Next spring the final preparations will be done and the sails set. The Charles W. Morgan is going home for a visit to New Bedford, MA. Other ports of call will be at Newport and Boston. The epic journey of the last wooden whaling ship will be a journey of inspiration and education. Now the Charles W. Morgan serves as an instructional vessel to enlighten all to the past and future of America and the Sea.
Crew unfurls the sails of the Joseph Conrad on launch day
Eleven of these whaling boats are needed for the Charles W. Morgan. Many were built by shipyards and museums around the country in support of the Mystic Seaport Morgan restoration effort. Read more about the building of the Beetle Boat at New Bedford;
 the Whaling Boat Regatta info is here:
I am a storyteller who loves the sea stories, I honor my seafaring ancestry when I share the old stories and songs of the sea. My day at Mystic Seaport’s Launch of the Charles W. Morgan was a day where I was the witness to a great ship and a greater community that will see this icon  with her sheets to the wind once more. You know I will be there to witness the epic Voyage 2014, as the
 Charles W. Morgan
goes back to sea. Enjoy a few more photos from my day at Mystic Seaport.


                                                Mystic Seaport President Steve White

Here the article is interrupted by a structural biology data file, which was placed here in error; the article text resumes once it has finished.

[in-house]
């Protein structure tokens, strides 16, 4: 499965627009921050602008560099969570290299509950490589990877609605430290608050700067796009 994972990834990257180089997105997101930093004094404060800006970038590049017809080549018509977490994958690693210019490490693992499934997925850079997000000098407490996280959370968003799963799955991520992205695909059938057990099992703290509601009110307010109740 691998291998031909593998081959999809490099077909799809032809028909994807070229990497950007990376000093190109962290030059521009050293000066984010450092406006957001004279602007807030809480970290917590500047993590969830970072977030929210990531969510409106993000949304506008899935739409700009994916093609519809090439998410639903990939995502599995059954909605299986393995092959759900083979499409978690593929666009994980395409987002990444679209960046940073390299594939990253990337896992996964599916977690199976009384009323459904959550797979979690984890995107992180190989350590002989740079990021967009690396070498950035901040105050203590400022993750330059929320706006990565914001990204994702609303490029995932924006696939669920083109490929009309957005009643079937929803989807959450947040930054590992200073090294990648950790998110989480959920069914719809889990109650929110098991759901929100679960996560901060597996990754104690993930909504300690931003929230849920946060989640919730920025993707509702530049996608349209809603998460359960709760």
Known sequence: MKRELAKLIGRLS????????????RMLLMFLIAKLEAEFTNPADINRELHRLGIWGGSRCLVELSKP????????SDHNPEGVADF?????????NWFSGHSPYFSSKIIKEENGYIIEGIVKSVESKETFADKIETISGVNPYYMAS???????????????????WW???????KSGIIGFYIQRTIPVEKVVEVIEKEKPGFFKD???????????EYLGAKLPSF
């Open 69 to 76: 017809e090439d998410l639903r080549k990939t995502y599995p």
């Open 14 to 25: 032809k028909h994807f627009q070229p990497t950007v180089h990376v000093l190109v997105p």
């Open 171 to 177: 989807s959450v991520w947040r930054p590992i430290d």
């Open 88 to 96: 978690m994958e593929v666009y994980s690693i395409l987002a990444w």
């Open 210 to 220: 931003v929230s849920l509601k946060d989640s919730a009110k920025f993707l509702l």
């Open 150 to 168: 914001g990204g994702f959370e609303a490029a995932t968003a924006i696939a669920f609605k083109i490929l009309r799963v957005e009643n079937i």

Keynote Speaker Ric Burns – award winning filmmaker

                                                         CT. Representative Joe Courtney
               In blue jacket in the background is Sarah Bullard descendent of Charles W. Morgan
        Ms. Bullard cracked a bottle of blended sea and river waters on the hull to christen the ship


                                                                      whaling boats

                                                               Ship Joseph Conrad

A Historic Film Clip of the Charles W. Morgan
Mystic Seaport You-Tube on the Morgan
3 Cheers
Huzzah, Huzzah,  Huzzah!
Other blogs I’ve posted with a nautical theme:

6 Responses to Launch of a Great Ship- The Charles W. Morgan

  1. Hi Carolyn, thx for this story & pics. We met I think at a CT Landmark & Antiquities event. I am a musician & just heard fascinating history of MAxMarble family love story @ sea. That the captain he died at sea & wife kept him a few months to be buried in Fall River. Now heard of a song/sea shanty a former CT state troubadour woman ( Sally Rogers, Lara Herzvovitch?) sang

    I cannot find it easily on Internet ( A Dozen Yesrs Sally Rogers has no lyrics I can find)

    Wondered if you heard song & if so thanks for pointing me in right direction 🙂
    Also on FB music page

    I was privileged to be in Mystic at Amistad launch in 2000 – such a wonderful place & occasion!

    Harmonious storiy telling,
    Gale B Gardiner

    • I don’t know where to find the lyrics but believe that tune refers to Captain Gray of Lebanon a whaler who died off Guam. The ship with his family still aboard continued on to finish the whaling in the Bering sea. The entire fleet was captured by the CSS Shenandoah, that ship took all the survivors bonded to San Francisco because Capt. Gray was dead and in the hold in a keg of Rum. I often tell this tale. Good Luck searching.

      Carolyn Stearns